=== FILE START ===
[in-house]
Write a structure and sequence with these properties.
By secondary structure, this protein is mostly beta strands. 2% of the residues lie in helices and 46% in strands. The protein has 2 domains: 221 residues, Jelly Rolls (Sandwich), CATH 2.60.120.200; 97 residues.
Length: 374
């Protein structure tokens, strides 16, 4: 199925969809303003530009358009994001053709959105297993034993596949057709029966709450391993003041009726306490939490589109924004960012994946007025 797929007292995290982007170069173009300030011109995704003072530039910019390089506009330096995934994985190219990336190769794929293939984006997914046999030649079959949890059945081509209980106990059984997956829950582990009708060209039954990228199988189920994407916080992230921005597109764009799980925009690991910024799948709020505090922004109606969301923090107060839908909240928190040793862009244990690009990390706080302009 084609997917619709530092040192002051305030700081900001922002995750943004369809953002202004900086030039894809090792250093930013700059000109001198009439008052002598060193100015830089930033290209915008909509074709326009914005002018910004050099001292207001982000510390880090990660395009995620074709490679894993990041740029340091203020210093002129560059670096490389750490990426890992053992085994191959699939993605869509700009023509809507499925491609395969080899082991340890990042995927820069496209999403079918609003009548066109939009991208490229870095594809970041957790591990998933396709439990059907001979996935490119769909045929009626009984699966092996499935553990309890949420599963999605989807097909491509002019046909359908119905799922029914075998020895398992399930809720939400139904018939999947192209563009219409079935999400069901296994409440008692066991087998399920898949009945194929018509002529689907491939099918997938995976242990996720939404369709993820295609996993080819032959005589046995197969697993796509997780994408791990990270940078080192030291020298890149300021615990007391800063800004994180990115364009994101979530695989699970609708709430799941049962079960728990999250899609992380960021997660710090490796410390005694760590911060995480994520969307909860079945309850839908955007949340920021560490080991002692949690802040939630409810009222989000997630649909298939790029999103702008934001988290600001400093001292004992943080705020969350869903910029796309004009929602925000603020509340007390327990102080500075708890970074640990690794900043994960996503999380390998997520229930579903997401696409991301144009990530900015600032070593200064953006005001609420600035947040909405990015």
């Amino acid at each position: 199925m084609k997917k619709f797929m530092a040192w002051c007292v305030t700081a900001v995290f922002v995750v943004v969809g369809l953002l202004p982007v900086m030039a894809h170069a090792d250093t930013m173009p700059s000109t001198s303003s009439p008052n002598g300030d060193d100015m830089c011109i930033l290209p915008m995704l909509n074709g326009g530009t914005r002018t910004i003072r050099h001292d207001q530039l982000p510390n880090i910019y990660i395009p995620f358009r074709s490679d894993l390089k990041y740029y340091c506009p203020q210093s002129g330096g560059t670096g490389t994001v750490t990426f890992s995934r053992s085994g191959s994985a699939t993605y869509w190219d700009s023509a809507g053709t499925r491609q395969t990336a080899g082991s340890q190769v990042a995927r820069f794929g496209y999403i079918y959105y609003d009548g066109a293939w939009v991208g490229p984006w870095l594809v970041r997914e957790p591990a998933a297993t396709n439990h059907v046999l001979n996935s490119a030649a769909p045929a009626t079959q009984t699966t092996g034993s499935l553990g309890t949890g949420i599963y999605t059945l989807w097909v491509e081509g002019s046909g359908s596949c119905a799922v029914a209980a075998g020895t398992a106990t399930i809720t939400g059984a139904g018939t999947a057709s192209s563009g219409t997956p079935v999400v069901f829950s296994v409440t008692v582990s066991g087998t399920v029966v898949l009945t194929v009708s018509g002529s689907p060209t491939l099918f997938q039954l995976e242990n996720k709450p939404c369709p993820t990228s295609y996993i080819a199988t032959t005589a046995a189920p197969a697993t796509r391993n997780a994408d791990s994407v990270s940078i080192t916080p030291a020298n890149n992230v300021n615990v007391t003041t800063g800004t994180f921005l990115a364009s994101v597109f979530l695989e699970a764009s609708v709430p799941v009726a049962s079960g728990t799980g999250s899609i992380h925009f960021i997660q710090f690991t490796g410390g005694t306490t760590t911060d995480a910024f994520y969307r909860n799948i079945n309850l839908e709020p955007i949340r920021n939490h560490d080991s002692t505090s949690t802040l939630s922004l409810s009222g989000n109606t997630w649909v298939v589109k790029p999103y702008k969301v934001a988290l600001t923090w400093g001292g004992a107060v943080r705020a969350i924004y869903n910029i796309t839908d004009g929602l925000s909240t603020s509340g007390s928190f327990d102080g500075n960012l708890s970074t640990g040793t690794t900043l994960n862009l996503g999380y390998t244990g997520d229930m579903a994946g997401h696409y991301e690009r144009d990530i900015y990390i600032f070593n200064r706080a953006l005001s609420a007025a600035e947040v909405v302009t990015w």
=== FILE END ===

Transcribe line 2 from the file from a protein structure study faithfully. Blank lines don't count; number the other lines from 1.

Write a structure and sequence with these properties.